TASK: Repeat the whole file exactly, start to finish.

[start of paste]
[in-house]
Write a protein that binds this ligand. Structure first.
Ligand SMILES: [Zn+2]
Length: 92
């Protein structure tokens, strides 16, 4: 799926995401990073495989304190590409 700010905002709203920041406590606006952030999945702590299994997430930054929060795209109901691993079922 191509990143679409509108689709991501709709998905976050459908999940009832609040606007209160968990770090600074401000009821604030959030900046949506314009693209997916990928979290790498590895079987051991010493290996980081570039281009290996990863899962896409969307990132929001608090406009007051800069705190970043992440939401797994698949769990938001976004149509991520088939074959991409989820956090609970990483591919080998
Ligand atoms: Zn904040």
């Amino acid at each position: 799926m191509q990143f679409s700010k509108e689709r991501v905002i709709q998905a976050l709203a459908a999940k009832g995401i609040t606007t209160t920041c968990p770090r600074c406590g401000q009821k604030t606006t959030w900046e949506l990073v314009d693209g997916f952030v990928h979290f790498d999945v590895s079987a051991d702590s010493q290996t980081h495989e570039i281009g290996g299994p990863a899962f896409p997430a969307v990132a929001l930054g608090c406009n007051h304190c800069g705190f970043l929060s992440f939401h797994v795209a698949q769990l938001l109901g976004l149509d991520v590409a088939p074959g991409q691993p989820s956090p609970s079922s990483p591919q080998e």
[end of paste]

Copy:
[in-house]
Write a protein that binds this ligand. Structure first.
Ligand SMILES: [Zn+2]
Length: 92
């Protein structure tokens, strides 16, 4: 799926995401990073495989304190590409 700010905002709203920041406590606006952030999945702590299994997430930054929060795209109901691993079922 191509990143679409509108689709991501709709998905976050459908999940009832609040606007209160968990770090600074401000009821604030959030900046949506314009693209997916990928979290790498590895079987051991010493290996980081570039281009290996990863899962896409969307990132929001608090406009007051800069705190970043992440939401797994698949769990938001976004149509991520088939074959991409989820956090609970990483591919080998
Ligand atoms: Zn904040």
């Amino acid at each position: 799926m191509q990143f679409s700010k509108e689709r991501v905002i709709q998905a976050l709203a459908a999940k009832g995401i609040t606007t209160t920041c968990p770090r600074c406590g401000q009821k604030t606006t959030w900046e949506l990073v314009d693209g997916f952030v990928h979290f790498d999945v590895s079987a051991d702590s010493q290996t980081h495989e570039i281009g290996g299994p990863a899962f896409p997430a969307v990132a929001l930054g608090c406009n007051h304190c800069g705190f970043l929060s992440f939401h797994v795209a698949q769990l938001l109901g976004l149509d991520v590409a088939p074959g991409q691993p989820s956090p609970s079922s990483p591919q080998e």